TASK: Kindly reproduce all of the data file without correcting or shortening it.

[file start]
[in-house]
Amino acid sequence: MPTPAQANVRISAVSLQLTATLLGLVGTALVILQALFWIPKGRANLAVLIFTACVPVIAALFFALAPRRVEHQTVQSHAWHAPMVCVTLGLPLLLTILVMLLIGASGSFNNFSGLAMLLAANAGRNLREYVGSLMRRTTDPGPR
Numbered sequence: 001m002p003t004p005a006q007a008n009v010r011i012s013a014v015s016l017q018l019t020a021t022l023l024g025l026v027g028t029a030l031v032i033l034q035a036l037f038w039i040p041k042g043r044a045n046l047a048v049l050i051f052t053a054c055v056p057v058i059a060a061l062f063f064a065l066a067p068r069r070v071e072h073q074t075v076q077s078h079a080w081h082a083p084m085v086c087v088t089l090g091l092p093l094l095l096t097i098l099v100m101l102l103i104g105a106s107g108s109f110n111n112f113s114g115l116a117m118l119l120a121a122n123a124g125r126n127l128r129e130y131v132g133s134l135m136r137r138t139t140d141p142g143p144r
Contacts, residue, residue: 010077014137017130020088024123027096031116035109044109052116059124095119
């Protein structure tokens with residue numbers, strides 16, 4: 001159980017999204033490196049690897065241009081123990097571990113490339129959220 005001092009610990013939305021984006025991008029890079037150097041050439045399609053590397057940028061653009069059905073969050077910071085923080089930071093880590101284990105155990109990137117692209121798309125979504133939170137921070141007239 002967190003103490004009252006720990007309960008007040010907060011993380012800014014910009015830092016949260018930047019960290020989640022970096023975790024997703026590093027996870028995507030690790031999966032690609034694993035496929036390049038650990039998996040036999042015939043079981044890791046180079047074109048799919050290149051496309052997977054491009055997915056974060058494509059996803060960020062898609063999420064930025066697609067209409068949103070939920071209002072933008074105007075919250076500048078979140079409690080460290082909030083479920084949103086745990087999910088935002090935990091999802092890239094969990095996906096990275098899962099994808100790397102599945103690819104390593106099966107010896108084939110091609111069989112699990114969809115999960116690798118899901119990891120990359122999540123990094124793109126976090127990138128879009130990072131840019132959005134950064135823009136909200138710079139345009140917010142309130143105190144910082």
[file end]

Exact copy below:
[in-house]
Amino acid sequence: MPTPAQANVRISAVSLQLTATLLGLVGTALVILQALFWIPKGRANLAVLIFTACVPVIAALFFALAPRRVEHQTVQSHAWHAPMVCVTLGLPLLLTILVMLLIGASGSFNNFSGLAMLLAANAGRNLREYVGSLMRRTTDPGPR
Numbered sequence: 001m002p003t004p005a006q007a008n009v010r011i012s013a014v015s016l017q018l019t020a021t022l023l024g025l026v027g028t029a030l031v032i033l034q035a036l037f038w039i040p041k042g043r044a045n046l047a048v049l050i051f052t053a054c055v056p057v058i059a060a061l062f063f064a065l066a067p068r069r070v071e072h073q074t075v076q077s078h079a080w081h082a083p084m085v086c087v088t089l090g091l092p093l094l095l096t097i098l099v100m101l102l103i104g105a106s107g108s109f110n111n112f113s114g115l116a117m118l119l120a121a122n123a124g125r126n127l128r129e130y131v132g133s134l135m136r137r138t139t140d141p142g143p144r
Contacts, residue, residue: 010077014137017130020088024123027096031116035109044109052116059124095119
């Protein structure tokens with residue numbers, strides 16, 4: 001159980017999204033490196049690897065241009081123990097571990113490339129959220 005001092009610990013939305021984006025991008029890079037150097041050439045399609053590397057940028061653009069059905073969050077910071085923080089930071093880590101284990105155990109990137117692209121798309125979504133939170137921070141007239 002967190003103490004009252006720990007309960008007040010907060011993380012800014014910009015830092016949260018930047019960290020989640022970096023975790024997703026590093027996870028995507030690790031999966032690609034694993035496929036390049038650990039998996040036999042015939043079981044890791046180079047074109048799919050290149051496309052997977054491009055997915056974060058494509059996803060960020062898609063999420064930025066697609067209409068949103070939920071209002072933008074105007075919250076500048078979140079409690080460290082909030083479920084949103086745990087999910088935002090935990091999802092890239094969990095996906096990275098899962099994808100790397102599945103690819104390593106099966107010896108084939110091609111069989112699990114969809115999960116690798118899901119990891120990359122999540123990094124793109126976090127990138128879009130990072131840019132959005134950064135823009136909200138710079139345009140917010142309130143105190144910082």